I have a slight problem, at times, confusing my dreams with reality. It is now obvious to me that I was dreaming when I said I had had a long talk with Fort Worth Mayor, Mike Moncrief, in which I was able to get him to understand why he is committing a serious crime with his Conflicts of Interest involving his Barnett Shale Natural Gas Drilling Company holdings and he being mayor in a town that's getting drilled.
Apparently, I was also dreaming when I said that Moncrief had agreed to use his ill gotten gains to fund the Fosdic Lake Dam Vision.
See that dollar bill with Mike Moncrief on top of George Washington? Moncrief makes over 600,000 of those dollar bills, annually, from his holdings in each of the gas drillers drilling in Fort Worth.
Now, there are those in Fort Worth, like the city's attorney, who do not think the Conflict of Interest laws apply to Fort Worth or Mike Moncrief. Both the city attorney and Mike Moncrief apparently are ignorant of the fact that the State of Texas has quite strict, precise Conflict of Interest Laws.
The State of Texas even conveniently put an explanation of the Texas Conflict of Interest laws on a website, under the title 2010 Texas Conflict of Interest Laws Made Easy.
Made so easy, in fact, that I'm almost certain a simpleton, like Fort Worth's mayor and his city attorney might finally understand that Moncrief is breaking the law and needs to be removed from office, jailed and fined, now that the Conflicts of Interests have grown so dire with Moncrief in cahoots with a corrupt company like Chesapeake Energy in their abuse of eminent domain in a basically Nazi-like attack on Steve Doeung and the citizens on Carter Avenue.
I think I'll send a letter to the FBI today. Surely it's time the feds intervene in Fort Worth now that the political racketeering has reached its current level of corruption.
Below is a short excerpt from 2010 Texas Conflict of Interest Laws Made Easy. Read it and ask yourself how in the world the Mayor of Fort Worth and his idiot attorney can claim he has no Conflict of Interest when he owns a piece of the drilling companies and looks the other way while they steal Trinity River water, abuse eminent domain and pollute the air?
What conflict of interest laws apply to local public officials in Texas?
The general conflict of interest law for Texas city and county officials, as well as officials of other Texas political subdivisions, is found in chapter 171 of the Texas Local Government Code. Chapter 171 establishes the standard for determining when a local official has a conflict of interest that would affect the ability to discuss, decide or vote on a particular item. Chapter 171 conflict of interest provisions apply to all local public officials. Within a governmental unit, “local public officials” are defined to include:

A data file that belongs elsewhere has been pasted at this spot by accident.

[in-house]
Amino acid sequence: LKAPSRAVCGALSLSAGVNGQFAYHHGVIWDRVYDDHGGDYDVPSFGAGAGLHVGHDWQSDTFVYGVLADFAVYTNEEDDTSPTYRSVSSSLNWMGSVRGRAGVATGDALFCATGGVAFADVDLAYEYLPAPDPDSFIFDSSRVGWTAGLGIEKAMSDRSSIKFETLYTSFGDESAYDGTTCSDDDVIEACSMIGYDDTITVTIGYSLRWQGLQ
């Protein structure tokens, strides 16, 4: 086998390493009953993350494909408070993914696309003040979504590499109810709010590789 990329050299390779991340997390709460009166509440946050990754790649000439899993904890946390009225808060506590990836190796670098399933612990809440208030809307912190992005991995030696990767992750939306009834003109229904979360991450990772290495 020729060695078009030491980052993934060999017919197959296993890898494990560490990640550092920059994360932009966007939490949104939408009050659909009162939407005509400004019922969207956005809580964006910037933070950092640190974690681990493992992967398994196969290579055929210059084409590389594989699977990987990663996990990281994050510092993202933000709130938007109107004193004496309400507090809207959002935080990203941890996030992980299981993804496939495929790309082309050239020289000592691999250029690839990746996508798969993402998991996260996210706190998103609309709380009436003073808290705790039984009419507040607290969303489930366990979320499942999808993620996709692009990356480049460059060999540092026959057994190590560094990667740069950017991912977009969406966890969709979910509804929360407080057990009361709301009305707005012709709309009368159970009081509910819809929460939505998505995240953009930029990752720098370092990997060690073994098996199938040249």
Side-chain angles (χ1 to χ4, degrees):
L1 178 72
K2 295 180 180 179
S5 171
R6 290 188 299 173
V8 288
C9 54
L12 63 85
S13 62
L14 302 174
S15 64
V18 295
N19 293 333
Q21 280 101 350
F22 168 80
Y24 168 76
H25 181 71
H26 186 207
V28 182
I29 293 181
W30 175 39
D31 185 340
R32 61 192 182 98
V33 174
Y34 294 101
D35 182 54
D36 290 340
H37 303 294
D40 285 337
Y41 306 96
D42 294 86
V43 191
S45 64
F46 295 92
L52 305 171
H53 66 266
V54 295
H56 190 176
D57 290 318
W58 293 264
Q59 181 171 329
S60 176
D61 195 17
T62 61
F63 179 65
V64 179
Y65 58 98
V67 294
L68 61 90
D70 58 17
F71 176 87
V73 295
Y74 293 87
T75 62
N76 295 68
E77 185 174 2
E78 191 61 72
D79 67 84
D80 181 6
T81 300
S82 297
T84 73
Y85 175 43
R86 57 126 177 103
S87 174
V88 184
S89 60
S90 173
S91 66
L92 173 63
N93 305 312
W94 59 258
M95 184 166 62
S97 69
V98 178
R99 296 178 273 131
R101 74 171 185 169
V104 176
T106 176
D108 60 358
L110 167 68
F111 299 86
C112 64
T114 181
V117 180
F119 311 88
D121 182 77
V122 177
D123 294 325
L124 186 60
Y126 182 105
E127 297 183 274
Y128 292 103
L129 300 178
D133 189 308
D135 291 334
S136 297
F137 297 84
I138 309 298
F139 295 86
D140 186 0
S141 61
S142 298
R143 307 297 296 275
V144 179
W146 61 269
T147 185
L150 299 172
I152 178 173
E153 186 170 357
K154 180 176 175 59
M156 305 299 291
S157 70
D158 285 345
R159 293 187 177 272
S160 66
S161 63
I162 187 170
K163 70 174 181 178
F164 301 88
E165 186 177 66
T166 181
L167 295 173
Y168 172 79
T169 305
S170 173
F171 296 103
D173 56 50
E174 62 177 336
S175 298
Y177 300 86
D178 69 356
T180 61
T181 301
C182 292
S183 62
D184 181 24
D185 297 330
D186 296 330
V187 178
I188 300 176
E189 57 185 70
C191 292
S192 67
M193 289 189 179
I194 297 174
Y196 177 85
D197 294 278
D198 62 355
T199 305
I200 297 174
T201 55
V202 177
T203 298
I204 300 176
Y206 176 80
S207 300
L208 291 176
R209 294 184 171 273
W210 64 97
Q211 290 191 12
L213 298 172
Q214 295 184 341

1) elected officials such as the members of the city council or county commissioners (whether paid or unpaid); and
2) appointed officials (paid or unpaid) who exercise responsibilities that are more than advisory in nature.
It should be noted that other state and federal laws, as well as local provisions in the case of cities, may be applicable to officials in a particular situation. Whether a law is applicable depends on the activity that the official is undertaking. Officials should work with local legal counsel to determine whether their activities are subject to any such provisions. However, the general conflict of interest provision for officials remains chapter 171 of the Local Government Code.
What types of issues are covered by Texas conflict of interest laws?
Texas conflict of interest statutes do not address every conceivable conflict that may arise for a local official. In fact, chapter 171 conflict laws are generally financial in nature and only cover two types of conflicts of interest:
1) Business Entity conflicts: Conflicts due to a local official's substantial financial interest in a business entity and that has an issue before his or her governmental unit;
2) Real Property conflicts: Conflicts due to a local official's substantial financial interest in a real property and that would be affected by his or her governmental unit's action.
What is considered a “substantial interest” in a business entity (such that it would amount to a potential conflict of interest)?
There are four ways that a person could be deemed to have a “substantial interest” in a business entity that would raise a potential conflict of interest. A person has a substantial interest in a business entity if the person has a(n):
1) Stock interest: If the official owns 10 percent or more of the total voting stock or shares of the business entity;
2) Other ownership interest: If the official owns either 10 percent or more, or $15,000 or more, of the fair market value of the business entity;
3) Income interest: If the official received more than 10 percent of his or her gross income for the previous year from the business entity;
4) Close family member with any of the above interests: If a close relative of the local official has any of the above types of interest in a business entity. A local official is considered to have the same interest in a business entity that his or her close relatives have in that business entity. In this context, close relatives of an official would include persons who are related to the official within the first degree by consanguinity (blood) or affinity (marriage). Such relatives would include an official father, father-in-law, mother, mother-in-law, daughter, daughter-in-law, son, son-in-law and the spouse of the official.